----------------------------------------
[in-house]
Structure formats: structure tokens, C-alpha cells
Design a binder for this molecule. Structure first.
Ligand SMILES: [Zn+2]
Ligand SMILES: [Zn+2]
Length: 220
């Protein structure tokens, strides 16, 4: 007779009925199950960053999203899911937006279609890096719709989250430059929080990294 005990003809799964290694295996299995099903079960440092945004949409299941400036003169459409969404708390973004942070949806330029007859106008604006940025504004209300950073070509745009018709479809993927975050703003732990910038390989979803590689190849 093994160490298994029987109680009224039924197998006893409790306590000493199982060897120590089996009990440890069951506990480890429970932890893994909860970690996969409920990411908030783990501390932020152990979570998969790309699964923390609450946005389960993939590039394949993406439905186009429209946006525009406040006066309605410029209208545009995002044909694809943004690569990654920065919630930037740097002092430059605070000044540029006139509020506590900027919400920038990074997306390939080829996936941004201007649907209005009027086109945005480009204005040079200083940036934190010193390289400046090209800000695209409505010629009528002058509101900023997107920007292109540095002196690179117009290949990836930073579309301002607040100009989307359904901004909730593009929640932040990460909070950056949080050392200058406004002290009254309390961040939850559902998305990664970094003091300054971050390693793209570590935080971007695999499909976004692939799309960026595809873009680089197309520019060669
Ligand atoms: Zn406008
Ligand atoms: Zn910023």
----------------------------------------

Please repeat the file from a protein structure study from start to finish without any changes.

[in-house]
Structure formats: structure tokens, C-alpha cells
Design a binder for this molecule. Structure first.
Ligand SMILES: [Zn+2]
Ligand SMILES: [Zn+2]
Length: 220
């Protein structure tokens, strides 16, 4: 007779009925199950960053999203899911937006279609890096719709989250430059929080990294 005990003809799964290694295996299995099903079960440092945004949409299941400036003169459409969404708390973004942070949806330029007859106008604006940025504004209300950073070509745009018709479809993927975050703003732990910038390989979803590689190849 093994160490298994029987109680009224039924197998006893409790306590000493199982060897120590089996009990440890069951506990480890429970932890893994909860970690996969409920990411908030783990501390932020152990979570998969790309699964923390609450946005389960993939590039394949993406439905186009429209946006525009406040006066309605410029209208545009995002044909694809943004690569990654920065919630930037740097002092430059605070000044540029006139509020506590900027919400920038990074997306390939080829996936941004201007649907209005009027086109945005480009204005040079200083940036934190010193390289400046090209800000695209409505010629009528002058509101900023997107920007292109540095002196690179117009290949990836930073579309301002607040100009989307359904901004909730593009929640932040990460909070950056949080050392200058406004002290009254309390961040939850559902998305990664970094003091300054971050390693793209570590935080971007695999499909976004692939799309960026595809873009680089197309520019060669
Ligand atoms: Zn406008
Ligand atoms: Zn910023």